One day in 1991 a Worksop solicitor telephoned the National Trust East Midlands office at Clumber Park to say that the Trust was to receive a significant bequest. The official who received the call was told, “I think you’d better have a look.”
Indeed, the £1 million value of the estate was not the most significant feature. When National Trust staff stepped over the threshold of 7 Blyth Grove, they immediately realised they were in a time-warp.
Mr William Straw and his brother Walter had lived in the house most of their lives, and since their father died suddenly in 1932, followed by their mother in 1939, hardly anything had changed.
Walter had taken over his father’s grocery business, and invested the profits in Marks & Spencer shares. William, after mother died, returned from his teaching work in London and kept house for his brother.
They kept to themselves without being reclusive: they bought the house next door and the plot across the road to avoid intrusion by keeping control of their immediate neighbourhood. Though he ultimately left the entire estate to the National Trust, William preferred to join the Thoroton Society of Nottinghamshire because the subscription was cheaper.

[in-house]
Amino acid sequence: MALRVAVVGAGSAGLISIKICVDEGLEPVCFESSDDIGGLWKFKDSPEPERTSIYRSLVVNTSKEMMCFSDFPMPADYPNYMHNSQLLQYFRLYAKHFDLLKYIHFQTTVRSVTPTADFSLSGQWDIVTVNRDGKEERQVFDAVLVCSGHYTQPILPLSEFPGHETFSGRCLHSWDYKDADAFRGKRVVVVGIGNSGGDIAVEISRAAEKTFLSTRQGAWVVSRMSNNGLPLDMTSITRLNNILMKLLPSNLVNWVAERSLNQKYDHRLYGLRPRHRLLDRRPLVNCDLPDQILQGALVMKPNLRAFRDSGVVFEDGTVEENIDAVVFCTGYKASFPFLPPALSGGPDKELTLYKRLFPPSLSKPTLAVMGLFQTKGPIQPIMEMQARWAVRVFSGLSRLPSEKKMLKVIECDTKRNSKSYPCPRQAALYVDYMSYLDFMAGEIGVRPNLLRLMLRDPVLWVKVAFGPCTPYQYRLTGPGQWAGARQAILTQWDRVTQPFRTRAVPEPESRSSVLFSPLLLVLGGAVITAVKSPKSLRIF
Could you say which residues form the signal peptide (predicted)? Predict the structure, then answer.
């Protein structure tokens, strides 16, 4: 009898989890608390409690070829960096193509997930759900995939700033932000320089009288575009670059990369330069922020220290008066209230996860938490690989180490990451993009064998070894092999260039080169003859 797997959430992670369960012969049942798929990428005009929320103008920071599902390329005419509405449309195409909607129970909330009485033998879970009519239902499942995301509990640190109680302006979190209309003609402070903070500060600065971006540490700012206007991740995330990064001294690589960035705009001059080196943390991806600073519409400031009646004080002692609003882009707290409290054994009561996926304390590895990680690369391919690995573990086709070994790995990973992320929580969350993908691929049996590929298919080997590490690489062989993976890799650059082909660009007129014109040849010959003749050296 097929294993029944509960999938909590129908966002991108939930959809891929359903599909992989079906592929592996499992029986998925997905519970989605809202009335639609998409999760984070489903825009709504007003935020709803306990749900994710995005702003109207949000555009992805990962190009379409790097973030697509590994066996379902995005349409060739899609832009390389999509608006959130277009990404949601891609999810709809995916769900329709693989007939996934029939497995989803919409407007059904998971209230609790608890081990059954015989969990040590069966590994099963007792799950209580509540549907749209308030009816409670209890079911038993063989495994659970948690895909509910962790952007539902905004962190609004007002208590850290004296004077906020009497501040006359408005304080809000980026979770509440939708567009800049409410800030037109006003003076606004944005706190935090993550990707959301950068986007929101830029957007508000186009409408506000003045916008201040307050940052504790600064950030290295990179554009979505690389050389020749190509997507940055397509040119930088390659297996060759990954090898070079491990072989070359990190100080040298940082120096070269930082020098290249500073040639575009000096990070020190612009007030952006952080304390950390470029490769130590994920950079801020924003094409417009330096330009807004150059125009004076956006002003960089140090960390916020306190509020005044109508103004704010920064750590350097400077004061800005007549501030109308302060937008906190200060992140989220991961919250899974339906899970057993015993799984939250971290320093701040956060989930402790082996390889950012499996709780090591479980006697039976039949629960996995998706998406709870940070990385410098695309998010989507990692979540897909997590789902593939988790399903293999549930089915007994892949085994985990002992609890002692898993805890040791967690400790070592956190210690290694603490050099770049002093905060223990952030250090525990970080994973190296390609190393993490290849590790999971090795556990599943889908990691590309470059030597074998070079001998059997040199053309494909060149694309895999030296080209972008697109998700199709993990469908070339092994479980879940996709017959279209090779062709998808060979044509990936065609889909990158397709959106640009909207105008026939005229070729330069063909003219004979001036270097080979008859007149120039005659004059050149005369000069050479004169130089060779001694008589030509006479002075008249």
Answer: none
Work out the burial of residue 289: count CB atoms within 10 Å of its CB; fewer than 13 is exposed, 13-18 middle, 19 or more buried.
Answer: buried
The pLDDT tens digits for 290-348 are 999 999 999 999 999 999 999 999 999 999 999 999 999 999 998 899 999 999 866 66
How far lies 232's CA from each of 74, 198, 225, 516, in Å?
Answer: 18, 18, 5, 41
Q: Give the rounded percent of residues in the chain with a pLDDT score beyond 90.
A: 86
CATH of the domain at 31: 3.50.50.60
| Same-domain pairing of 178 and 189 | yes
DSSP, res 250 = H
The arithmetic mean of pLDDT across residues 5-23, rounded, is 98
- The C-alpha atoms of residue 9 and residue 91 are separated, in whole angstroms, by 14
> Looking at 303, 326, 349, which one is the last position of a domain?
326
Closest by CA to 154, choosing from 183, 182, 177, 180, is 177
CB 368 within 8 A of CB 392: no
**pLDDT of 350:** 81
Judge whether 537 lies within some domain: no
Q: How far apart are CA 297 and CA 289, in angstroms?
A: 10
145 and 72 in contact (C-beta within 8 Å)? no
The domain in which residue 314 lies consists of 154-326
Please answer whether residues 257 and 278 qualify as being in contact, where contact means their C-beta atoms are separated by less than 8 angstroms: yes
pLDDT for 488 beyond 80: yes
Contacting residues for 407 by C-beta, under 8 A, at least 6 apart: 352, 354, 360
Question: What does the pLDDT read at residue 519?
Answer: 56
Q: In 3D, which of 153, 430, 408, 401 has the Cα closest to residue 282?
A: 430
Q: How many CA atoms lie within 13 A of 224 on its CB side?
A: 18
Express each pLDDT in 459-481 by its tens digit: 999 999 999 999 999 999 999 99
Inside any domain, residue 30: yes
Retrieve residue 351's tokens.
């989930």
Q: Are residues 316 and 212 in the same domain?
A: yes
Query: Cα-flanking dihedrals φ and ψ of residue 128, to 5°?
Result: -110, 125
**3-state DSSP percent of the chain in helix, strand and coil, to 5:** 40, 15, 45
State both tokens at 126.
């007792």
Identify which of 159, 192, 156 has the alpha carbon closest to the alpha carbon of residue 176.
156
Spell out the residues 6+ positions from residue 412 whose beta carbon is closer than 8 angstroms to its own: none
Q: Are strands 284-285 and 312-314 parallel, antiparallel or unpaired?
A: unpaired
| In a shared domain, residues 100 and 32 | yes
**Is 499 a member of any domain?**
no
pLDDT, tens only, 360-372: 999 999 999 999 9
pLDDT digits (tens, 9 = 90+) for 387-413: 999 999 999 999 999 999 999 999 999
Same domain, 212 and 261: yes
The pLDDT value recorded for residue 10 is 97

The National Trust duly opened the place to the public as a snapshot illustration of bourgeois lifestyle in early-twentieth century England. Walking round the cramped, cluttered rooms is a powerful experience – intriguing or depressing according to the visitor’s viewpoint.
Like most such time-warp historic sites, it has in fact been carefully renovated. My friend Jenny observed that the cupboard full of tins and groceries was in fact remarkably clean at the back.
An audio-file in the visitor-centre next door is of one of Walter Jnr’s shop-assistants who admired him for his integrity and describes him as “the most complete man I’ve ever known”.
Perhaps one or both brothers, and possibly one or both of their parents, were, as Dominic Lawson has perceptively remarked of Warren Buffet, affected by high-functioning Asperger’s syndrome.
There is a clip from One Foot in the Past (with spectacularly inappropriate background music) at http://www.youtube.com/watch?v=8yes9FztB1E.
Dominic Lawson’s observations about Warren Buffet are in a review of Alice Schroeder, The Snowball: Warren Buffett and the business of life (Bloomsbury 2008), in The Sunday Times, October 12th 2008.
Visitor-information about Mr Straw’s House is at http://www.nationaltrust.org.uk/main/w-mrstrawshouse.